The Dallas Cowboys are officially moving on to next season.
Coach Jason Garrett remains disappointed about a 2017 season that gave him back-to-back winning seasons for the first time in his seven full seasons as coach, but left him out of the playoffs for the fifth time.
While some changes are likely, they don’t appear to affect the core of the team that went 13-3 in 2016 before slumping to 9-7 this past season.
Owner Jerry Jones has already assured Garrett’s return to being one of the league’s nine longest tenured coaches, including New England’s Bill Belichick, Cincinnati’s Marvin Lewis, Green Bay’s Mike McCarthy, Baltimore’s John Harbaugh, Seattle’s Pete Carroll and Carolina’s Ron Rivera. Among the group, only Garrett and Lewis have failed to reach the Super Bowl.
Garrett, who has a 67-53 coaching mark, says Jones’ loyalty means a great deal to him and he works hard trying to reward him.
“He has been a loyal guy to a lot of people in this organization for a long time,” Garrett said. “He certainly makes you want to run through the wall for him. Each and every day, I wake up trying to be the best coach I can be for this football team. Making decisions and working the right way. I will just continue to do that.”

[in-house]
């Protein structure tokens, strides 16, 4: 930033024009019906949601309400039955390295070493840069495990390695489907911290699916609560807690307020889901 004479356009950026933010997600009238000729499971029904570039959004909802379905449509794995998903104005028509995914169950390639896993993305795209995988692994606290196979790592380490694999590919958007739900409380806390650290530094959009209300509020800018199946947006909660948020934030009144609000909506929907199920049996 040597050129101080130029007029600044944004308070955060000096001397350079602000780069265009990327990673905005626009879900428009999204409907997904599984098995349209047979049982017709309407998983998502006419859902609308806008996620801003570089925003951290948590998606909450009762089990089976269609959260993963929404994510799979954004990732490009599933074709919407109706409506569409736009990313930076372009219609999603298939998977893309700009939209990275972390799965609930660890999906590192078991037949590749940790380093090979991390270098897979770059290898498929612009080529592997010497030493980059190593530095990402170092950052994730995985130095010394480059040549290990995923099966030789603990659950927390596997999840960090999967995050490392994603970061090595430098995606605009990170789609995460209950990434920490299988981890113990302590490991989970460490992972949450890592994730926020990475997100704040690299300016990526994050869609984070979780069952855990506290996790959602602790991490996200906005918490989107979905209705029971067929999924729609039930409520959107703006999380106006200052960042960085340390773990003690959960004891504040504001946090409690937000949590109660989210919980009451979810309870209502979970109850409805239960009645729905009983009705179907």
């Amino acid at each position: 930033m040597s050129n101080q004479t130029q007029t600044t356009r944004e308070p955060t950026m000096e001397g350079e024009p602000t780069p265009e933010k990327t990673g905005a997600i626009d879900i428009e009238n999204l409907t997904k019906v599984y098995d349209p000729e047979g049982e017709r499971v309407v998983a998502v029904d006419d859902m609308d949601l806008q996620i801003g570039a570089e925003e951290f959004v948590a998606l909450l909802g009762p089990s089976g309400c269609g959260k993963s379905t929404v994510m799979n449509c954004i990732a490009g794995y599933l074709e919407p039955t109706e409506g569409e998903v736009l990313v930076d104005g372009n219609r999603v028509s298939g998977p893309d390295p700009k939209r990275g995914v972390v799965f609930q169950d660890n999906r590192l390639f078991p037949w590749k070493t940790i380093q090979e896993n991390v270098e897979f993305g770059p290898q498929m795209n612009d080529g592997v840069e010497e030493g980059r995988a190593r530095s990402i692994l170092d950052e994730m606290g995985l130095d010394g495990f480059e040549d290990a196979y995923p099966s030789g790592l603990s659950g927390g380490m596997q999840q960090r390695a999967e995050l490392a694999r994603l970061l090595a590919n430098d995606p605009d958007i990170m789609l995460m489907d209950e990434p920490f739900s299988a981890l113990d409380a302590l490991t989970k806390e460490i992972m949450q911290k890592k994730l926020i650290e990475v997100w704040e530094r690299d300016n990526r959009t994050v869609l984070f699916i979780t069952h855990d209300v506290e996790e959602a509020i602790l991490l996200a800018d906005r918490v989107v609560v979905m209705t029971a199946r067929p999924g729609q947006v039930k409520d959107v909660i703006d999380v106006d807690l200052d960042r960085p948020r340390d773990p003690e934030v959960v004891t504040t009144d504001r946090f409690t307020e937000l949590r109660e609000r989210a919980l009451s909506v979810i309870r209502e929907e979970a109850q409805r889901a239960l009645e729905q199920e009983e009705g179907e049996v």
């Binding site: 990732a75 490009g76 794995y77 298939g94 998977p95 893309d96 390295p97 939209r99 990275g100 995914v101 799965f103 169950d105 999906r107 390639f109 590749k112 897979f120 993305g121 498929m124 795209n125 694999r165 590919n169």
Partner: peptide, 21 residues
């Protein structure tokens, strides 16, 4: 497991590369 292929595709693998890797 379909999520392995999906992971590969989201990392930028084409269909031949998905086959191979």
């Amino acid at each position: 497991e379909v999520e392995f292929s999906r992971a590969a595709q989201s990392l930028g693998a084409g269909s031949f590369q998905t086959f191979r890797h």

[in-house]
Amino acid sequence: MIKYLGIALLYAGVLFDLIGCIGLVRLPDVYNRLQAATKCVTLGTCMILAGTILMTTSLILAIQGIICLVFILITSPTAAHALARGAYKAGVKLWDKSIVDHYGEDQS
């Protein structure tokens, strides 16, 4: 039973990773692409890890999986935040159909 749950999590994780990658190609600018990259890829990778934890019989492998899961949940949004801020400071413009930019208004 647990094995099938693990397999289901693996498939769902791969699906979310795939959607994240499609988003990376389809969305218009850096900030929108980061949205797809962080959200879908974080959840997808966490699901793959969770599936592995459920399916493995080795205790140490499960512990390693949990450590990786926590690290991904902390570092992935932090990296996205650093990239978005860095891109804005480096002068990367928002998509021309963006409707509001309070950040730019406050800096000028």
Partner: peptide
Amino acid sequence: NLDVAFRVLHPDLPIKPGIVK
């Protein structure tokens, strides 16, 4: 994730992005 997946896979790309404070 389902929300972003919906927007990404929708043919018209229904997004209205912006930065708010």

Garrett believes the 2017 season went off the rails during a 3-3 stretch without running back Ezekiel Elliott, who was suspended by the league for personal conduct issues involving a former girlfriend.
Elliott should be on the field for all 16 games next season and that should go a long way toward fixing the offense.
And Garrett is optimistic about the future of a young emerging defense that opened the season as the weak link and ended up finishing eighth in the NFL in fewest yards allowed.
“I thought there were some good things that happened for us this year, at different times we didn’t handle some of the adversities well enough,” Garrett said. “But I do think there are cornerstone pieces in place on our team, the guys on our offensive line, some skill players on our offense, the emergence of some players on our defensive line, some young players on our back end. I think those are all causes for optimism. The biggest thing we have to do is you take accountability for what happened here in this 2017 season everybody at every level and then you get back to work. That’s what we’re going to do.”
There will be changes with the position coaches and some players will not be brought back for various reasons.
But the core nucleus should remain the same.
Most important, Garrett has no concerns about quarterback Dak Prescott, who took a step back in year two, or the seemingly predictable schemes of offensive coordinator Scott Linehan.
Prescott was intercepted 13 times after just four a year ago. He also threw one fewer touchdown pass, 22 in 2017 after 23 as a rookie.
Prescott won less. He was less efficient. He made more mistakes and he passed for fewer yards.
Yet, Garrett said there is no question about Prescott’s status as the franchise quarterback of the present and future.